FIG. 3 is a detailed view of the manifold and metering valve used in the generator of FIGS. 1 and 2;
FIG. 4 is a view of the manifold of FIG. 3 in the direction of lines 4--4; and
FIG. 5 is a front view of the generator of FIG. 1.
Corresponding reference characters indicate corresponding parts throughout the several views of the drawings.
The exemplifications set out herein illustrate embodiments of the invention in one form thereof and such exemplifications are not to be construed as limiting in any manner the scope of the invention.
Considering first FIGS. 1, 2 and 5, the thermal-aerosol generator is mounted on a suitable base 10, so that the generator is easily portable as a single unit, and by a single person. The base 10 may be provided with suitable feet or springs 53 or other resilient shock mounting or cushioning devices so that it can be set on any desired surface and not slide or move about when in operation. A two cycle internal combustion engine 11 is mounted at one side of the base 10 and is conventional, having an operating piston reciprocable within the cylinder 12, which may be provided with suitable cooling fins, as shown. A gasoline container or tank 13 is mounted beside the engine 11 for holding a supply of gasoline or other suitable fuel. A spark plug is mounted on the cylinder 12, and covered by a shield 14 for reducing radio and television frequency interference. The spark plug is also connected by a like or similarly shielded wire 15 to a suitable ignition circuit. A spring plunger arrangement 16 is operable when depressed to short circuit the spark plug and stop the engine. With plunger 16 released, engine 11 may be started in any suitable manner, such as by handle 17 connected by a rope or recoil device to the engine flywheel. A two cycle engine is preferred since it is relatively light in weight and operates efficiently at a much higher speed than a comparable four cycle engine. Such a two cycle engine, having an exhaust stroke each revolution, provides higher exhaust heat being measured in B.T.U.'s as well as providing higher velocity exhaust discharge. In the shown and preferred embodiment this two cycle internal combustion engine is rated at three horsepower and the operating speed of 3,600 revolutions per minute, however, other horsepower ratings or sizes of engines and operational speeds may be utilized.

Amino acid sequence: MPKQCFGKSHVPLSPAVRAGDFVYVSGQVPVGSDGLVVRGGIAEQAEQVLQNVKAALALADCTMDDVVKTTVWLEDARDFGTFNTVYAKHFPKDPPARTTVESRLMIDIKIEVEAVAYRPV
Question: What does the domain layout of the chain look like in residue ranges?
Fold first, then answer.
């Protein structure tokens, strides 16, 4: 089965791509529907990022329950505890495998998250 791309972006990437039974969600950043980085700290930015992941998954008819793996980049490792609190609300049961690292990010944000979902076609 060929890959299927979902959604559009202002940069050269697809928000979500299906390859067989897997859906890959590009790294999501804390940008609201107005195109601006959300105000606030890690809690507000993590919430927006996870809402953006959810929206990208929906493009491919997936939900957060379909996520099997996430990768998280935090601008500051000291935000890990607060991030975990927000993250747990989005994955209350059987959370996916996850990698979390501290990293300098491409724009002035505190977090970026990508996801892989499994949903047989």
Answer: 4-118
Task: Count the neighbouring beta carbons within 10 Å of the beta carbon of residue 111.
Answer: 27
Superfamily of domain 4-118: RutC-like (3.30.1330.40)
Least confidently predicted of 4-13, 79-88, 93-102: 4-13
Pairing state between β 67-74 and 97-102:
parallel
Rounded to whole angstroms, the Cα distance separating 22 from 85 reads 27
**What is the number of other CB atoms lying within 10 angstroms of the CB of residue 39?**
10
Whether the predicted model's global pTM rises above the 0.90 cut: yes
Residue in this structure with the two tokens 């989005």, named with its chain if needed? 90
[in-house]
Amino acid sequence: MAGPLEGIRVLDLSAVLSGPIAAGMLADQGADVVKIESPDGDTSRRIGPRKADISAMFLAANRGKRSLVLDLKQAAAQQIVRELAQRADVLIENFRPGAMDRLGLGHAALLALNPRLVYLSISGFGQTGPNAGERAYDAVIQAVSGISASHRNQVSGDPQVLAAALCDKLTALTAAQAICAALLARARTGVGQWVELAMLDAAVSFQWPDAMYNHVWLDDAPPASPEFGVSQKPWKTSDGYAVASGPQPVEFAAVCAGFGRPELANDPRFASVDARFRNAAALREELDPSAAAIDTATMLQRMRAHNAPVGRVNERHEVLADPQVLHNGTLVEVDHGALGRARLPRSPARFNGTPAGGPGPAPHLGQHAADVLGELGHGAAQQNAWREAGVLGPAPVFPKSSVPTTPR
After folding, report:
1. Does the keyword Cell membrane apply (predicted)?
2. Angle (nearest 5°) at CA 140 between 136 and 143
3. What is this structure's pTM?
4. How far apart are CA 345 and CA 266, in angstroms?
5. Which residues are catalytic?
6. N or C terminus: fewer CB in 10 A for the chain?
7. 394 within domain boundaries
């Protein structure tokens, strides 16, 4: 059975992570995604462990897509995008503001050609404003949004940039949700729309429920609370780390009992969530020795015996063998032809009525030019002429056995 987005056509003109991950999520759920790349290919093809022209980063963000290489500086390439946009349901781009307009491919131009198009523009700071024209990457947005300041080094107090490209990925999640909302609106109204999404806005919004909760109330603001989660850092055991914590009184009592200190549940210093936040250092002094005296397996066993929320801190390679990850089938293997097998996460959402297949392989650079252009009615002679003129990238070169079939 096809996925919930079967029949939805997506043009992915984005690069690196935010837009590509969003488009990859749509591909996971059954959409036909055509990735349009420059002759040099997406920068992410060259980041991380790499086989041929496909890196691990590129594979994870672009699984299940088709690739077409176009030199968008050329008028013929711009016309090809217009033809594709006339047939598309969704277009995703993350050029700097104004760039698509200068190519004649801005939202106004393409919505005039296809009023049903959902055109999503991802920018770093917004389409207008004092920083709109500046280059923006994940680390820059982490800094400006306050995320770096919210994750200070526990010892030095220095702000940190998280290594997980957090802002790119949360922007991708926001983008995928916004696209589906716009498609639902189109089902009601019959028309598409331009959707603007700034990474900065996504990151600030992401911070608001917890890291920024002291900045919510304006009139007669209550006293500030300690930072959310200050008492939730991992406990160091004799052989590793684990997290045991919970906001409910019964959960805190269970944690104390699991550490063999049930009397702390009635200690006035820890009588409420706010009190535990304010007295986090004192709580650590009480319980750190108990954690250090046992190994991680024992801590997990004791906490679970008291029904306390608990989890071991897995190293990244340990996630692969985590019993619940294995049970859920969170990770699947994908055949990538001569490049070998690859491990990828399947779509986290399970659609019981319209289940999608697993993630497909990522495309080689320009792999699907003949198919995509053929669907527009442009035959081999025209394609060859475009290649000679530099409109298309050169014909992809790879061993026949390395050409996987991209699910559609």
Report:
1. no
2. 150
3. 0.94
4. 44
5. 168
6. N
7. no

A squirrel cage type or centrifugal type of blower 20 is mounted on the base 10 adjacent to the engine 11, so as to be driven by the output shaft 18 of the engine 11. The blower 20 is generally enclosed in a housing made of suitable sheet metal to form a chamber, as best illustrated in FIG. 2. This chamber has an air inlet opening 21, and an air outlet opening 22, each opening preferably covered by a grill or screen to protect persons from injury by the rotating fan within the blower housing. The blower may include a circular rotor 23, having a plurality of blades 24 for drawing ambient air into the air inlet opening 21, as indicated by the arrow 25, and for discharging the air out of the air outlet opening 22, as indicated by the several air flow arrows 27 in FIG. 2. The chamber inside blower 20 may be provided with a curved member 26, which is relatively close to the rotor 23 and gradually recedes therefrom, terminating at the top of the chamber. A carrying handle 28 may be attached to the blower 20 so as to support the generator in its normal attitude when being carried.